As someone who gets benefits from the federal government, it is essential that you understand your rights and obligations around those benefits. Your responsibilities do not stop when you start receiving benefits.
Complying with specific requirements is necessary if you or your family members want to continue to receive SSI benefits, even after you start getting payments for the first time. Here, we set out what you need to know when you get supplemental security income.
What is Supplemental Security Income?
Supplemental Security Income (SSI) is a federal benefit program that the U.S. Treasury funds. The Social Security Administration (SSA) administers the program, but it is actually not funded with Social Security taxes.
This program assists disabled adults and children who have limited access to income and assets. You must be a citizen or national of the United States, and you must be over the age of 65 or be considered disabled to qualify for benefits. Your monthly income and marital status will affect your ability to receive benefits.
How Much Are SSI Payments?
When you first start to receive SSI payments, you will get a letter from the SSA that sets out how much your payments will be and when they start. The amount you can receive through SSI will vary based on your other sources of income and your living situation. The amount that you receive may not be the same every month.
As of 2021, the maximum you can receive is $794 per month for an individual or $1,191 per month for a couple. These amounts are adjusted annually to account for increases in the cost of living.
If you receive more money than you are entitled to receive, you are required to return it. You still have an obligation to return the extra funds even if it is not your fault that you received them.
How Will I Receive SSI Payments?
Your first SSI payment will arrive after the first full month that you applied for SSI benefits or became eligible. That means that there may be a wait of a few weeks after you are eligible before you see the first payment.
Every person who receives SSI benefits is required to sign up to receive electronic payments. You will receive these either through direct deposit to a bank account or an authorized card. If you choose to receive a card, called the Direct Express card program, then your monthly benefits will be automatically loaded on the card so that you can use it each month when you receive benefits.
Will the SSA Ever Change My Payments?
Your payments should adjust annually to address increases in the cost of living. In addition, the SSA will periodically review each case to see whether any changes have occurred that warrant changing the amount of benefits that you receive.
As part of that review, the SSA will request a lot of the same information you provided to start getting benefits. This information will often include:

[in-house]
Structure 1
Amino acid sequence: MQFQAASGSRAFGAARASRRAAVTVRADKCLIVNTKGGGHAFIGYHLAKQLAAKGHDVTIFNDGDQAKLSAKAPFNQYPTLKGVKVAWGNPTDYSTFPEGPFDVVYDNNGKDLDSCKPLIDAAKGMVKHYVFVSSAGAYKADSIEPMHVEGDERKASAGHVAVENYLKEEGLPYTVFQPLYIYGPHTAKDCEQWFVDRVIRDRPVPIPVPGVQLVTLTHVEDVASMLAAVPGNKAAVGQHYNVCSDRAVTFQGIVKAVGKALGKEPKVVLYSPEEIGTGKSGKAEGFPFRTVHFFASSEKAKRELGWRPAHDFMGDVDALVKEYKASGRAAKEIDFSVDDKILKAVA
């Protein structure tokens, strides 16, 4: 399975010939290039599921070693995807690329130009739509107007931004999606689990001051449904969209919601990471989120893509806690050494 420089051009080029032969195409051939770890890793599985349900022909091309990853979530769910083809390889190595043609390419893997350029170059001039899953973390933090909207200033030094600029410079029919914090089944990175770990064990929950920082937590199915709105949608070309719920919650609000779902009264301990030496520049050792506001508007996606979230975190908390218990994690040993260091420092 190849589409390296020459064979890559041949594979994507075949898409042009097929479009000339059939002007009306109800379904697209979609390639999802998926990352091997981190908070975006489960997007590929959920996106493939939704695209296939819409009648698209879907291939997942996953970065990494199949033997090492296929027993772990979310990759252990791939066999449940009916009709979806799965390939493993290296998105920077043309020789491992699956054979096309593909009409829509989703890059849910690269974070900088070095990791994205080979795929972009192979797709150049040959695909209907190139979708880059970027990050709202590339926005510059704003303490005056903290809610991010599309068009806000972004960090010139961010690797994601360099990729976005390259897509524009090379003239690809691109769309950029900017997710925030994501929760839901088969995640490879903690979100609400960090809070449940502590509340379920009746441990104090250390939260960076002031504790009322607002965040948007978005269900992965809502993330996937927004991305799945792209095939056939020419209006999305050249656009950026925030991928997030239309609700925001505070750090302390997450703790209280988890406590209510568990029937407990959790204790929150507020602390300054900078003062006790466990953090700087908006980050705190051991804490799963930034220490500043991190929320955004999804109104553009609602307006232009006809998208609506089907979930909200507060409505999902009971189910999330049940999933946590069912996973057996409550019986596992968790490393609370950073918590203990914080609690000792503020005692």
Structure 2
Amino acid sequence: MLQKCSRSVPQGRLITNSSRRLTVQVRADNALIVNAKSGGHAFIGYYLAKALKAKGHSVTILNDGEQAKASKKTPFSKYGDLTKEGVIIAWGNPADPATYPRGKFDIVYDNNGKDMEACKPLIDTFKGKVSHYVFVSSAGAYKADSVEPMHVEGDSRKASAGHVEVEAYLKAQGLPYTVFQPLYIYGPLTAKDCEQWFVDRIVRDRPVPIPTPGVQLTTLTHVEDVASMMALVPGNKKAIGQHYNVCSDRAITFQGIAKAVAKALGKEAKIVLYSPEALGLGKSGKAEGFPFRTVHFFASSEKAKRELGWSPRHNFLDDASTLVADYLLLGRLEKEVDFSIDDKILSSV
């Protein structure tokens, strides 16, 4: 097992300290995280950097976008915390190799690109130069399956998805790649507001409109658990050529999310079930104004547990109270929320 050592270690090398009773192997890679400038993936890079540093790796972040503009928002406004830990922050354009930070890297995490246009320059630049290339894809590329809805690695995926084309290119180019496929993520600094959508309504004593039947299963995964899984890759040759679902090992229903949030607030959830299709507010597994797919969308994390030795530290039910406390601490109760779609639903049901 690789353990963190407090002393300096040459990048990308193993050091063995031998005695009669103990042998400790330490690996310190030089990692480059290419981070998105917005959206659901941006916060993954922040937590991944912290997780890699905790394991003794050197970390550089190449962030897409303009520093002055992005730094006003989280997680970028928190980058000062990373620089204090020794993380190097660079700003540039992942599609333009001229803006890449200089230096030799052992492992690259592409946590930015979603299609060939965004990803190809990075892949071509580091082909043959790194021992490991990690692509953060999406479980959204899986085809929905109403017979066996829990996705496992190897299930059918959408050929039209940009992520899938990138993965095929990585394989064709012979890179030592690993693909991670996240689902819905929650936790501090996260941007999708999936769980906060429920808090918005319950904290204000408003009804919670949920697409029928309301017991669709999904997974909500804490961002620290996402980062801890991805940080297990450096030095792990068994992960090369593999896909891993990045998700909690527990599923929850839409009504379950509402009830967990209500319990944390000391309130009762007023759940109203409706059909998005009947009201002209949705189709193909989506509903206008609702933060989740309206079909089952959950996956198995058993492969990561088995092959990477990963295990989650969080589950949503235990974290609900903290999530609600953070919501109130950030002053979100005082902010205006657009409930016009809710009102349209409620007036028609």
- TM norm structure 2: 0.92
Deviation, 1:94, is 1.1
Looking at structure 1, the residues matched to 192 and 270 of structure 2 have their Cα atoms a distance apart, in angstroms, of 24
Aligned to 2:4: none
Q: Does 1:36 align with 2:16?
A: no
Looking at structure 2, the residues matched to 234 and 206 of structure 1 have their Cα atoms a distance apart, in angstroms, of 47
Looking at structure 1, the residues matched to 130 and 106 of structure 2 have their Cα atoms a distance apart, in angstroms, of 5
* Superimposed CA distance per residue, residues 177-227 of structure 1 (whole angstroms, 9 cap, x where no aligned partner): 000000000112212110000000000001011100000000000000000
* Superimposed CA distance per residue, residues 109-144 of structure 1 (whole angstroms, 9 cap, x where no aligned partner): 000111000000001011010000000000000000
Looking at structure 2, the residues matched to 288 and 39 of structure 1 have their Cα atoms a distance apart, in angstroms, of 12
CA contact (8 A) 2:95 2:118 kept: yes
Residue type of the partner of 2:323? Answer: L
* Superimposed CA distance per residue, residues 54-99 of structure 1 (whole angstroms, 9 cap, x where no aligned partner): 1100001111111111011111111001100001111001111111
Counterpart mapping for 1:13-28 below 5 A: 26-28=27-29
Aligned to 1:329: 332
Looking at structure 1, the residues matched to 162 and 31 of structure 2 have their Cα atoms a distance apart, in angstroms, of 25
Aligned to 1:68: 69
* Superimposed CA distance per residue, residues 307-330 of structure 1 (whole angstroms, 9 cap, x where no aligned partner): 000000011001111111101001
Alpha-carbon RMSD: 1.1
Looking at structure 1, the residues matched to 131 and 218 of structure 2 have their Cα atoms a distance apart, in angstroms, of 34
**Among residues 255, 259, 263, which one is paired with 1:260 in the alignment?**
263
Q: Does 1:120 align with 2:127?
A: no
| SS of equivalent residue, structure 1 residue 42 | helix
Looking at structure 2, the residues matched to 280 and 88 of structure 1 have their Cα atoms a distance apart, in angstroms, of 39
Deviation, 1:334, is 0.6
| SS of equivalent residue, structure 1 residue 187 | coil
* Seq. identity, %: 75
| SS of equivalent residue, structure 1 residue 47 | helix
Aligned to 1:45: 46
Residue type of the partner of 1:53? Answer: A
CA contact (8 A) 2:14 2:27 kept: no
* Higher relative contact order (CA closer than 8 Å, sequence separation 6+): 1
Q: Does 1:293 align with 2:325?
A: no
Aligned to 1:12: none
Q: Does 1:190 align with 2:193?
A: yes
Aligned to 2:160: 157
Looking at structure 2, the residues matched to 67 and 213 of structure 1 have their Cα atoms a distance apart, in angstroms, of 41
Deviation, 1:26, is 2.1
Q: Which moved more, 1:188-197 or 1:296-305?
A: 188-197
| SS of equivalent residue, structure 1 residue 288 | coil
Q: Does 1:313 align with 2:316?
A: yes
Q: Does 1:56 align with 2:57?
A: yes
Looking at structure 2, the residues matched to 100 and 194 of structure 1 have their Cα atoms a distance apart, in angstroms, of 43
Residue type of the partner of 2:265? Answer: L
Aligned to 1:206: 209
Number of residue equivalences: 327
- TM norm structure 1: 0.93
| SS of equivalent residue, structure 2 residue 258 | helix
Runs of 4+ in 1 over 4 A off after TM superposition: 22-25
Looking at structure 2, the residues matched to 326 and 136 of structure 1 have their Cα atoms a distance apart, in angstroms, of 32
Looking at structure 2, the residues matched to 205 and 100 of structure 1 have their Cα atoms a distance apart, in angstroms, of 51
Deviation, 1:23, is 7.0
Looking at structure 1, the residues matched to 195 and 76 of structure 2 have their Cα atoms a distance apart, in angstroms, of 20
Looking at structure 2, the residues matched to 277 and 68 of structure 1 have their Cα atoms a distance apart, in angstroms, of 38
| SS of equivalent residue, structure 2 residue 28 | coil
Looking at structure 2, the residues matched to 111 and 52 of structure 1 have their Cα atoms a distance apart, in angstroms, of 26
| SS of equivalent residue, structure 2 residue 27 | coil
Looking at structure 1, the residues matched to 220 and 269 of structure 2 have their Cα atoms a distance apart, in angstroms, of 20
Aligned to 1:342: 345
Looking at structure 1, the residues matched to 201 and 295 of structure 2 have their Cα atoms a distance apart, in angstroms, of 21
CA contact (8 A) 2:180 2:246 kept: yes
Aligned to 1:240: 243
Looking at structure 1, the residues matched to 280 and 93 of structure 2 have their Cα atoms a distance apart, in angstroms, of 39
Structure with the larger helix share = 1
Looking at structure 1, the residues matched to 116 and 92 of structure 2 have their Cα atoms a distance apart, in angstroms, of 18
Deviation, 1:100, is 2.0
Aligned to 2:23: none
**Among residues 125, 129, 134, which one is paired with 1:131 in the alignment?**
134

A). Any income sources
B). Asset information
C). Living arrangements
D). Bank account information
You should also notify the SSA if there are any changes in your income or living situation when they occur.
What Kind of Changes Am I Required to Report to the SSA?
There is a wide variety of information that the SSA needs from you. In general, if you have any major life changes, you should check to see whether that change needs to be reported to the SSA.
Below are a few examples of situations that must be reported to the SSA when you are receiving SSI benefits.
1). Moving or changing your address
2). Starting or stopping work
3). Becoming a parent
4). Outstanding felony or arrest warrants
5). Becoming imprisoned or jailed
6). Changing your income or the income of your family members
7). Changing living expenses
8). Changing your name
9). Getting married
10). Becoming separated or divorced
11). Someone moves in to or out of your household
Some states require that additional changes are reported as well. Thankfully, Maryland does not have any additional special reporting requirements.
For family members: If the person receiving SSI benefits can no longer manage their own funds, you should notify the SSA as well.
What Happens If I Do Not Report Changes to the SSA?
If you do not report information as required, you may end up having to pay a penalty fee to the SSA. This penalty can range from $25 to $100, which is deducted directly from your SSI check. If you provide false information, payments can stop for a period of between six and 24 months.
Unsure of Your Ongoing Obligations After Receiving SSI? We Can Help!
Get help with your SSI benefits even after you start receiving them by speaking with our team. We can also help you or your family member apply for the first time as well. Call London Disability to learn more: 8777-978-3136.